Cooperation with Eastern Europe
The fall of the Berlin Wall in November 1989 marked the start of Switzerland's cooperation with Eastern Europe. Just a few weeks later the Federal Council approved the first credits for humanitarian aid in Central and Eastern Europe. Since 1990, Parliament has used a number of framework credits to allocate resources for the political, economic and social transition in countries of the former Soviet Union and in the Western Balkans. This commitment is founded on the Federal Act on Cooperation with Eastern Europe, which came into force on 1 June 2007 and was revised on 1 June 2017.
Switzerland supports governments, the private sector, and civil society to strengthen democracy and the rule of law, and to promote environmentally sound social market economies – in cooperation with other states, the European Union (EU), development banks, and United Nations (UN) agencies. Switzerland will commit CHF 1.025 billion for cooperation with Eastern Europe between 2021 and 2024.
The Swiss Agency for Development and Cooperation (SDC) and State Secretariat for Economic Affairs (SECO) jointly administer the framework credit, with SECO administering one third of the budget and the SDC two thirds. This shared commitment is defined by coherent strategies and complementary activities.
Swiss contribution to selected EU states
In November 2006, Swiss voters accepted the Federal Act on Cooperation with the States of Eastern Europe. In doing so, they signalled their approval for financial support aimed at reducing economic and social disparities in the enlarged EU. The Eastern Europe Cooperation Act, which establishes the legal basis for Switzerland’s contribution, was revised on 1 June 2017 and is valid until the end of 2024.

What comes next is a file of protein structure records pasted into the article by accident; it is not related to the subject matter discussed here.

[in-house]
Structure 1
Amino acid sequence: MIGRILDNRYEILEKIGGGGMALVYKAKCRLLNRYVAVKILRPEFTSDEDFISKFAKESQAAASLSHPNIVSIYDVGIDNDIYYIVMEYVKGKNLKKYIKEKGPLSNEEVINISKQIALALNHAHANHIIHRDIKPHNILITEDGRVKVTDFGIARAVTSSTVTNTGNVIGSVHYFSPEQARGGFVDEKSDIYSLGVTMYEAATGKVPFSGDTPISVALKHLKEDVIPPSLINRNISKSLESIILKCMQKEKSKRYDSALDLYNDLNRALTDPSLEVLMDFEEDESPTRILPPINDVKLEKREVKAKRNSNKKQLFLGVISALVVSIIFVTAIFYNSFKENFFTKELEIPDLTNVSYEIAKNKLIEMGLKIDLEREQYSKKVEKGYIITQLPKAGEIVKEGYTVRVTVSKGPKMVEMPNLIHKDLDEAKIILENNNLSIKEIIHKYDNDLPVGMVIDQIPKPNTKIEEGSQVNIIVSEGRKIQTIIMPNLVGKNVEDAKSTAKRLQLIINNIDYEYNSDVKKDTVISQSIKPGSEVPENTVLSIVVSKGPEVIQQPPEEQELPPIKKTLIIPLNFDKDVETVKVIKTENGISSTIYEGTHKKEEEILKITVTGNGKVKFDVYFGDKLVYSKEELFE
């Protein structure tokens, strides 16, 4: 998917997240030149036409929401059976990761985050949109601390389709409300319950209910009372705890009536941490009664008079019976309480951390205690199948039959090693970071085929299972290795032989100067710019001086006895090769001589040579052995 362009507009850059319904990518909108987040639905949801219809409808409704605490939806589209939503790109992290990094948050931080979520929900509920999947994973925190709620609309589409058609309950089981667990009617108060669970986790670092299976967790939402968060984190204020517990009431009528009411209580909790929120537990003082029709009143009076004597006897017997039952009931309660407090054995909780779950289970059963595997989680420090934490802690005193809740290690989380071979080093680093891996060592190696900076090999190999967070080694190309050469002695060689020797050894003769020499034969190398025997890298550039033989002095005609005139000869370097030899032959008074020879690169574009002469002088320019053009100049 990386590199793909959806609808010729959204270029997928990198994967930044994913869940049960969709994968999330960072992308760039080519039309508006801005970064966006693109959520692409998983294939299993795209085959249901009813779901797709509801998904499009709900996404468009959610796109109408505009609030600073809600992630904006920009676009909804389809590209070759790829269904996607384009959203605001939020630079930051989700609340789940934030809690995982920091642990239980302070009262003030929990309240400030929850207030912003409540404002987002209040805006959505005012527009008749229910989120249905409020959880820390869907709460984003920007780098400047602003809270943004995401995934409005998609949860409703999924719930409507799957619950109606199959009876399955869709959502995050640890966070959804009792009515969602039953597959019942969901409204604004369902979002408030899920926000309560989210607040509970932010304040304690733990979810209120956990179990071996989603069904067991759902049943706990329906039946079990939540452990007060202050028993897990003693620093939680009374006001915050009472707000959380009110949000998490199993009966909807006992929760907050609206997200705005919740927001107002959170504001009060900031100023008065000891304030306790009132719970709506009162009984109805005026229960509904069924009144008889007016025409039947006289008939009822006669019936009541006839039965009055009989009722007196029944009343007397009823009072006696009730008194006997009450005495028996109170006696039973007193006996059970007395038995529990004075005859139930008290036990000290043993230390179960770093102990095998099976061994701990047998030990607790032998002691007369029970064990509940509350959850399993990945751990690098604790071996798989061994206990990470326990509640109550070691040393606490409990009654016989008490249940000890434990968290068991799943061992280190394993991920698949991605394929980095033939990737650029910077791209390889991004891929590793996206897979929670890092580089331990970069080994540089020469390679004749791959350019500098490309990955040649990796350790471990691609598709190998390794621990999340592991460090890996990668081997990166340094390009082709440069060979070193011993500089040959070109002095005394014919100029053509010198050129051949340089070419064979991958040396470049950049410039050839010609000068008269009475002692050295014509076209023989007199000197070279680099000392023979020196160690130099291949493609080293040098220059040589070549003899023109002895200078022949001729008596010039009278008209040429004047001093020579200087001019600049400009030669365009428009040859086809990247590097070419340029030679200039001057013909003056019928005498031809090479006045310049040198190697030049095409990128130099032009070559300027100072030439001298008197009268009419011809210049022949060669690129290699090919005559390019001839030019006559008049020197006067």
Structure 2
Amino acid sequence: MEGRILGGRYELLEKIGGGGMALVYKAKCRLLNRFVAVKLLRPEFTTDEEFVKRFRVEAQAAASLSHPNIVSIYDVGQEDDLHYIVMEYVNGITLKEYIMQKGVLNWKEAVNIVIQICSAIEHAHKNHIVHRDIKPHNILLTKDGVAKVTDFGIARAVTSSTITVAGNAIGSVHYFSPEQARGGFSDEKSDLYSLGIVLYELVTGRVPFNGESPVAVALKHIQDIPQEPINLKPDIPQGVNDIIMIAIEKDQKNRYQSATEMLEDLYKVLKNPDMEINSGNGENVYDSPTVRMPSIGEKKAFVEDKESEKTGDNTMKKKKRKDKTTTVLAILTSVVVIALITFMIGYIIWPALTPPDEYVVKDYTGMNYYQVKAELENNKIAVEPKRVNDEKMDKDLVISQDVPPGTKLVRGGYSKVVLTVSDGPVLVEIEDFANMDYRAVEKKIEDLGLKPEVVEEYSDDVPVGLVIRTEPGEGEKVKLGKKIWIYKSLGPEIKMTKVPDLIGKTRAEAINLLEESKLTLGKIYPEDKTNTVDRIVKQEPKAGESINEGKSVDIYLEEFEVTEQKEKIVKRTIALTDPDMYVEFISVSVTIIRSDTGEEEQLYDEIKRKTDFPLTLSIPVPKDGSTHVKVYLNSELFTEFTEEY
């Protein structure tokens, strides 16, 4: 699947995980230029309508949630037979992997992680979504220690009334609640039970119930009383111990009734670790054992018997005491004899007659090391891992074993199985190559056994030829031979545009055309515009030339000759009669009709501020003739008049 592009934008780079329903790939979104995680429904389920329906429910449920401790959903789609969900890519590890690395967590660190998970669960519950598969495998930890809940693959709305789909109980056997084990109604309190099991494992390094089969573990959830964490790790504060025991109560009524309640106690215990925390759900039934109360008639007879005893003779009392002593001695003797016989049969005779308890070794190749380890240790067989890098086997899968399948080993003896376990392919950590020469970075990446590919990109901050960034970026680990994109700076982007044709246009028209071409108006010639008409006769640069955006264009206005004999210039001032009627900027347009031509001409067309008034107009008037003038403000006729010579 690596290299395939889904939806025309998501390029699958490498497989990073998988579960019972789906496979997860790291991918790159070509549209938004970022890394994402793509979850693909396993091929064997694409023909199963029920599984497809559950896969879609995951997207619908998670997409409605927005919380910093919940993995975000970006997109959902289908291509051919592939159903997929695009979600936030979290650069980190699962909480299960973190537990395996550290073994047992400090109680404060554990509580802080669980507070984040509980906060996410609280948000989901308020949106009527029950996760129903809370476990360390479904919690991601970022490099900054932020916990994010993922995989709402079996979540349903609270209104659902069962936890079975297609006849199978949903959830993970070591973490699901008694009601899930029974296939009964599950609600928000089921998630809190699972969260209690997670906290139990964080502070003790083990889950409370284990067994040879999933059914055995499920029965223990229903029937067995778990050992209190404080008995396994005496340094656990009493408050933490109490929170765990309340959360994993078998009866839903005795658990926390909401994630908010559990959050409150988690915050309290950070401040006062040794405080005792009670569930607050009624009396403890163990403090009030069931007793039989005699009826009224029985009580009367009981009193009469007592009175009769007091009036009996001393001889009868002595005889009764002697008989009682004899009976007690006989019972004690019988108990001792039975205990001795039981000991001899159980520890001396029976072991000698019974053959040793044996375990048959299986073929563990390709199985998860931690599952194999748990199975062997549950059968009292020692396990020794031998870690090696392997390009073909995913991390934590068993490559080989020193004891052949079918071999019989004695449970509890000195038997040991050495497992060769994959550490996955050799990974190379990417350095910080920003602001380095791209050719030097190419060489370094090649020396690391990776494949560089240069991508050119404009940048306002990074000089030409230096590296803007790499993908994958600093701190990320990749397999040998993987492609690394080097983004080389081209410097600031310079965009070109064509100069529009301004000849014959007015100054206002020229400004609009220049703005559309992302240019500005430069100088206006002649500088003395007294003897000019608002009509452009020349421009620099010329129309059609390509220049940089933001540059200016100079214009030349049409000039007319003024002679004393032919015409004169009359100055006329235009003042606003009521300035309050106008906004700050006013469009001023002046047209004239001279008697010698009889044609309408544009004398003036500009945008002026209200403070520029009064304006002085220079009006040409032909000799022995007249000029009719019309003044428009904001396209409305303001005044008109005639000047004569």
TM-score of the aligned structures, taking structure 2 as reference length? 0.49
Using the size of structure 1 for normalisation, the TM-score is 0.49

Since 2007, Switzerland has participated in various projects designed to reduce economic and social disparities in the EU. All projects under the enlargement contribution for the EU10 (those countries that joined the EU in 2004) were successfully completed by the end of 2017; projects in Bulgaria and Romania were also brought to a successful close in 2019. The enlargement contribution in Croatia runs until the end of 2024.
In December 2019, Parliament approved a second Swiss contribution to selected EU member states. However, it also decided that no commitments would be entered into with respect to the framework credits if and as long as the EU adopts discriminatory measures against Switzerland.
Switzerland decides itself which projects to support and negotiates this directly with its partner countries. Switzerland’s engagement is an investment in security and prosperity in Europe that also consolidates its economic and political relations with the EU and individual member states.
The second Swiss contribution is jointly implemented by the SDC and SECO.